4. TITLE: Dynamic Policies Through Context-Sensitive Situations SPEAKER: Dr. Opher Etzion Manager, Active Management Technologies; IBM Research Laboratory in Haifa ABSTRACT: Policies may be driven by complex combination of events that may have temporal or spatio-temporal characteristics. An example is the stock market domain : "If I am not in a meeting then notify me whenever IBM stock went up by three percent within two hours". Amit (Active middleware technology) is a research project in IBM that deals with integration of data and events from different sources, to provide high-speed situation detection mechanism. In the talk I'll describe the technology features, as well as one of its applications, the management of virtual enterprises integrating events from the IT infrastructure ("a communication line has failed") and from the business processes world ("the delivery truck has been delayed due to a blocked road").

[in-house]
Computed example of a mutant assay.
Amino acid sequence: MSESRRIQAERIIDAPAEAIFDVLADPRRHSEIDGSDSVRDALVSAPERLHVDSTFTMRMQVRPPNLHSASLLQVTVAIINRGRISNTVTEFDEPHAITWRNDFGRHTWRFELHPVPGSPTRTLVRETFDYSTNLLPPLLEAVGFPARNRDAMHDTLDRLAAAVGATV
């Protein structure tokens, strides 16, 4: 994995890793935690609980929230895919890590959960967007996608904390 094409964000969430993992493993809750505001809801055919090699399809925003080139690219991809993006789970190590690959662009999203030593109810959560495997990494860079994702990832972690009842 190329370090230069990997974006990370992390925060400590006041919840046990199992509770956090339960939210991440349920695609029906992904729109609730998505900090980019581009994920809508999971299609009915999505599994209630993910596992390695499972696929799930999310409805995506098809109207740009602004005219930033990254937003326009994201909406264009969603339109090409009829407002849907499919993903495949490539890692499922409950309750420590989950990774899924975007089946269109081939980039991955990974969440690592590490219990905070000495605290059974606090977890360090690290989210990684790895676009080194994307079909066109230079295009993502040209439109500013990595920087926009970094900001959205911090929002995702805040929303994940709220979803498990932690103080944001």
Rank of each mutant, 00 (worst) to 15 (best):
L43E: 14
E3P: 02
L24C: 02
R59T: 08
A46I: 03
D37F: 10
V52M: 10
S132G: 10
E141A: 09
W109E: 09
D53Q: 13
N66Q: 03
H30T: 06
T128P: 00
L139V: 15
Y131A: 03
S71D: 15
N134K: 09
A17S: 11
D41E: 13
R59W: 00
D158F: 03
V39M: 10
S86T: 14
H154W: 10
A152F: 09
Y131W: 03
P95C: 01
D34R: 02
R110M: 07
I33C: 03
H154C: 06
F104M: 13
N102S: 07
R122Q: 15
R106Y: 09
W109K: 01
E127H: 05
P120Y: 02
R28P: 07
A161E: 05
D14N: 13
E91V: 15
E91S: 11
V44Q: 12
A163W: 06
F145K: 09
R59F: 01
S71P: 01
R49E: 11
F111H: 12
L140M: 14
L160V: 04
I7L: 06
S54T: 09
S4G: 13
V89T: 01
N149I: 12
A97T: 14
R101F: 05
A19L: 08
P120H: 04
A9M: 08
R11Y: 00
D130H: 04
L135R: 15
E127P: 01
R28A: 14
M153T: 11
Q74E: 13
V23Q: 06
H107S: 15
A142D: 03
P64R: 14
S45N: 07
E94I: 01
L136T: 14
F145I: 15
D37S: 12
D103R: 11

5. Generalized Certificate Revocation Carl A. Gunter, University of Pennsylvania This talk introduces a language for creating and manipulating CERTIFICATES, that is, digitally signed data based on public key cryptography, and a system for REVOKING certificates. Our approach provides a uniform mechanism for secure distribution of public key bindings, authorizations, and revocation information. An external language for the description of these and other forms of data is compiled into an intermediate language with a well-defined denotational and operational semantics. The internal language is used to carry out consistency checks for security and optimizations for efficiency. Our primary contribution is a technique for treating revocation data DUALLY to other sorts of information using a polarity discipline in the intermediate language. This is joint work with Trevor Jim. A paper on the topic can be found at http://www.cis.upenn.edu/~qcm/papers/popl00.ps.